Emma Watson launches hotline that provides women legal advice on workplace sexual harassment

Instagram / Emma Watson

A staggering one in two women have been sexually harassed at work, but four out of five of them aren't comfortable reporting the issues to H.R., which is why actress Emma Watson launched a new hotline that offers free legal advice regarding sexual harassment in England and Wales.

The hotline is designed to help women hold their employers and harassers accountable and is the first of its kind, something Watson finds "completely staggering," she told Fast Company. Anyone who needs legal advice for dealing with these types of situations can call the hotline and speak with someone from the nonprofit, Rights of Women, without paying the lofty fees traditional lawyers often charge.

"This advice line's purpose is to empower women to exercise their legal rights in the workplace. By advising women about their legal options and increasing their understanding of equalities and discrimination law, we will be able to help them make informed choices about next steps, including how to navigate the legal system with confidence," Rights of Women's senior legal officer, Deeba Syedtold Indie Wire.

Women can get advice on determining what counts as sexual harassment, filing a complaint against an employer, making a claim, and navigating settlement and nondisclosure agreements (NDAs), Fast Company reports.


RELATED: After #MeToo, these Hollywood women say 'Time's Up' for workplace harassment

The hotline is backed by the Time's Up United Kingdom Justice and Equality Fund and is managed by Rosa, a charitable fund set up to support initiatives that benefit women and girls in the U.K. It also received a $1.2 million donation from Watson and others in the film industry (which is no stranger to sexual harassment).

Syed also points out that sexual harassment in the workplace has reached "epidemic levels," but the good news is people are now aware of and talking about the problem, which means that we can finally fix it. "It finally feels like people are realizing the scale of the problem, and I'm certainly hopeful that with global standards such as the recent International Labor Organization treaty on harassment at work we'll start to see a new climate of prevention and accountability on this issue domestically," Watson said in a statement.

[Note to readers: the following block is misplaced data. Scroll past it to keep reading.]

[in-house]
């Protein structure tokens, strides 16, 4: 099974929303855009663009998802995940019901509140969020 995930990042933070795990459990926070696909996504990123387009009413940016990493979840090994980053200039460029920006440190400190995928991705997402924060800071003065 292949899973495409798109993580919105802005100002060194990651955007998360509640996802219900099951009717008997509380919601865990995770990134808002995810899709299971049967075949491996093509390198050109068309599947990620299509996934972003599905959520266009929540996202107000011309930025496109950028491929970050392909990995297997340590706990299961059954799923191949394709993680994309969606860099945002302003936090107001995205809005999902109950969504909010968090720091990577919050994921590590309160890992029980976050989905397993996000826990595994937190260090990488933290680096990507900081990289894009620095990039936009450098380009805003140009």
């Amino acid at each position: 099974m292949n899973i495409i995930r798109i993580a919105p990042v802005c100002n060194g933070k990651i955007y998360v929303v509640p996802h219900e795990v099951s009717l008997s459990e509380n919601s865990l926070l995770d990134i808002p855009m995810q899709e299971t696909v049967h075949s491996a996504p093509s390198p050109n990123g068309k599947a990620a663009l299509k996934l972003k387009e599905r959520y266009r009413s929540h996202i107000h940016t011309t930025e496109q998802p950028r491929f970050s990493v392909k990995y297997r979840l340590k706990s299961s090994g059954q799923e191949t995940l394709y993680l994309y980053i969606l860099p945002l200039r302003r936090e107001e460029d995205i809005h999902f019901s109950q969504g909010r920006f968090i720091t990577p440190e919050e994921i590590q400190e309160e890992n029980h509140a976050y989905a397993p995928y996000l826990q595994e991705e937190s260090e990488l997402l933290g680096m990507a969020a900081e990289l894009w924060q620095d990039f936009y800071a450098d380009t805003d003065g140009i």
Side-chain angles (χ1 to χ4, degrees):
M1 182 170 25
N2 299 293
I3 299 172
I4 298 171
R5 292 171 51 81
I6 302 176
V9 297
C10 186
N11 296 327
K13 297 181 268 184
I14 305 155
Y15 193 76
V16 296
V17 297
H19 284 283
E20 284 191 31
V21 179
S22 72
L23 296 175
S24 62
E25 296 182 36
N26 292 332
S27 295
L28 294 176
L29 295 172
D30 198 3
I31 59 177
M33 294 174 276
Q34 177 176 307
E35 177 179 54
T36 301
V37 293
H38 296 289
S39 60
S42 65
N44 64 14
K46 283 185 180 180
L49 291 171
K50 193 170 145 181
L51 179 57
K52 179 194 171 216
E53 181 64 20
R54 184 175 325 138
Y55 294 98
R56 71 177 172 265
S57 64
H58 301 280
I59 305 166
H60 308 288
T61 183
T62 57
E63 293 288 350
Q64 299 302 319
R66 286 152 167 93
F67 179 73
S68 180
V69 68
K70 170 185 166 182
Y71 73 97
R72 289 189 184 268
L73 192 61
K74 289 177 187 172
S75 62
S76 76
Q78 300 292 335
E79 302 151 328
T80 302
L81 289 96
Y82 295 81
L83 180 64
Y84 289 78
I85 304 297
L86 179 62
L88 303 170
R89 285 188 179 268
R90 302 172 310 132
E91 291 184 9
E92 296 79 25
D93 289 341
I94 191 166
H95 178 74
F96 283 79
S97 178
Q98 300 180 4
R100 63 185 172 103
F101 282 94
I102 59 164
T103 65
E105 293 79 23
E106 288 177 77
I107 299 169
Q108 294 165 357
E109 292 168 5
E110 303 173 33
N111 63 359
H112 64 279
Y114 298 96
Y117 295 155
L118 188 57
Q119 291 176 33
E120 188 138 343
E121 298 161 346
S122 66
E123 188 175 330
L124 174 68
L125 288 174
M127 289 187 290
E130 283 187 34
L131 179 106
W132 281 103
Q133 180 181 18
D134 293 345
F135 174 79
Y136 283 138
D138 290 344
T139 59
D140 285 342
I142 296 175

RELATED: Anita Hill nailed why we need to rethink who's to blame when it comes to sexual abuse

"Understanding what your rights are, how you can assert them and the choices you have if you've experienced harassment is such a vital part of creating safe workplaces for everyone, and this advice line is such a huge development in ensuring that all women are supported, wherever we work," Watson said. Women supporting other women is a beautiful thing.

If you're in need of legal advice regarding sexual harassment and you live in England or Wales, you can call 020 7490 0152.

Culture
Photo by Danielle MacInnes on Unsplash

There's a difference between dieting and being healthy, and often times, overattention to what you consume can lead to disordered eating. Eating disorders are dangerous and can affect anyone, but they're especially concerning in adolescents. Which is why WW (formerly Weight Watchers) is facing intense criticism for its new app, Kurbo, targeted toward kids ages eight to 17.

The app uses a traffic light system to tell kids which foods are a "green light" and can be eaten as much as they want, which foods are a "yellow light" and should be consumed with caution, and which "red light" foods they should probably avoid.

It seems like a simple system to teach kids what's good for them and what's not, but it regulates kids' diets in an unhealthy way. Gaining weight is a normal, healthy part of child development. Putting on a few pounds means your body is doing what it's supposed to do. While the app classifies foods with too much fat or calories as "red," children need to consume some of these foods to develop their brain.